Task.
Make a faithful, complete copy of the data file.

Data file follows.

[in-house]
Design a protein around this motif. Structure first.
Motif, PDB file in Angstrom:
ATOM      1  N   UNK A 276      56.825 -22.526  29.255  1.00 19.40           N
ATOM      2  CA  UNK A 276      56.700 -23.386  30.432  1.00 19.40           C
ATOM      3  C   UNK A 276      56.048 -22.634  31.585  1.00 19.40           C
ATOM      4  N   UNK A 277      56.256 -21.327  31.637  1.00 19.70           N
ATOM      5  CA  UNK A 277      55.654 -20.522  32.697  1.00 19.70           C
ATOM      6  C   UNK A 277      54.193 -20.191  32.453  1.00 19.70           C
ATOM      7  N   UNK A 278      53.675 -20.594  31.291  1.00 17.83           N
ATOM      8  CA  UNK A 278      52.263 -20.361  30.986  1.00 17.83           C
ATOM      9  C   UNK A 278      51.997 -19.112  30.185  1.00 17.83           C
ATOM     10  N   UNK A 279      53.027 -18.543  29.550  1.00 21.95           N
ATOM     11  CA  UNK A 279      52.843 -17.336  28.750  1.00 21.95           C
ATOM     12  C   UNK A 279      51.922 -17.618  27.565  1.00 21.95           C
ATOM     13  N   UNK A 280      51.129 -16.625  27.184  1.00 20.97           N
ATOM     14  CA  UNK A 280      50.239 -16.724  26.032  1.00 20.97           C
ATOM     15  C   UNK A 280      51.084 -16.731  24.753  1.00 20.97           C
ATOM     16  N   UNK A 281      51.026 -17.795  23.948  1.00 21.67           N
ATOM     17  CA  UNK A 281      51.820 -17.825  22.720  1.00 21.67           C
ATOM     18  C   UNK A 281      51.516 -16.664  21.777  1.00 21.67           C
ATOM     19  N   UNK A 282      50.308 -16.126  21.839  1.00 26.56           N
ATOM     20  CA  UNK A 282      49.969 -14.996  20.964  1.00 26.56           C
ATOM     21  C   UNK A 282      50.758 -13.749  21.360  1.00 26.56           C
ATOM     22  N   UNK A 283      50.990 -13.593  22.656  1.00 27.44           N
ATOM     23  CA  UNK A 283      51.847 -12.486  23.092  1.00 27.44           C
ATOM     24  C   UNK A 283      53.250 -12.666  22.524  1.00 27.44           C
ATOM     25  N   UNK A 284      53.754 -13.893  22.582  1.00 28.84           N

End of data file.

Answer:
[in-house]
Design a protein around this motif. Structure first.
Motif, PDB file in Angstrom:
ATOM      1  N   UNK A 276      56.825 -22.526  29.255  1.00 19.40           N
ATOM      2  CA  UNK A 276      56.700 -23.386  30.432  1.00 19.40           C
ATOM      3  C   UNK A 276      56.048 -22.634  31.585  1.00 19.40           C
ATOM      4  N   UNK A 277      56.256 -21.327  31.637  1.00 19.70           N
ATOM      5  CA  UNK A 277      55.654 -20.522  32.697  1.00 19.70           C
ATOM      6  C   UNK A 277      54.193 -20.191  32.453  1.00 19.70           C
ATOM      7  N   UNK A 278      53.675 -20.594  31.291  1.00 17.83           N
ATOM      8  CA  UNK A 278      52.263 -20.361  30.986  1.00 17.83           C
ATOM      9  C   UNK A 278      51.997 -19.112  30.185  1.00 17.83           C
ATOM     10  N   UNK A 279      53.027 -18.543  29.550  1.00 21.95           N
ATOM     11  CA  UNK A 279      52.843 -17.336  28.750  1.00 21.95           C
ATOM     12  C   UNK A 279      51.922 -17.618  27.565  1.00 21.95           C
ATOM     13  N   UNK A 280      51.129 -16.625  27.184  1.00 20.97           N
ATOM     14  CA  UNK A 280      50.239 -16.724  26.032  1.00 20.97           C
ATOM     15  C   UNK A 280      51.084 -16.731  24.753  1.00 20.97           C
ATOM     16  N   UNK A 281      51.026 -17.795  23.948  1.00 21.67           N
ATOM     17  CA  UNK A 281      51.820 -17.825  22.720  1.00 21.67           C
ATOM     18  C   UNK A 281      51.516 -16.664  21.777  1.00 21.67           C
ATOM     19  N   UNK A 282      50.308 -16.126  21.839  1.00 26.56           N
ATOM     20  CA  UNK A 282      49.969 -14.996  20.964  1.00 26.56           C
ATOM     21  C   UNK A 282      50.758 -13.749  21.360  1.00 26.56           C
ATOM     22  N   UNK A 283      50.990 -13.593  22.656  1.00 27.44           N
ATOM     23  CA  UNK A 283      51.847 -12.486  23.092  1.00 27.44           C
ATOM     24  C   UNK A 283      53.250 -12.666  22.524  1.00 27.44           C
ATOM     25  N   UNK A 284      53.754 -13.893  22.582  1.00 28.84           N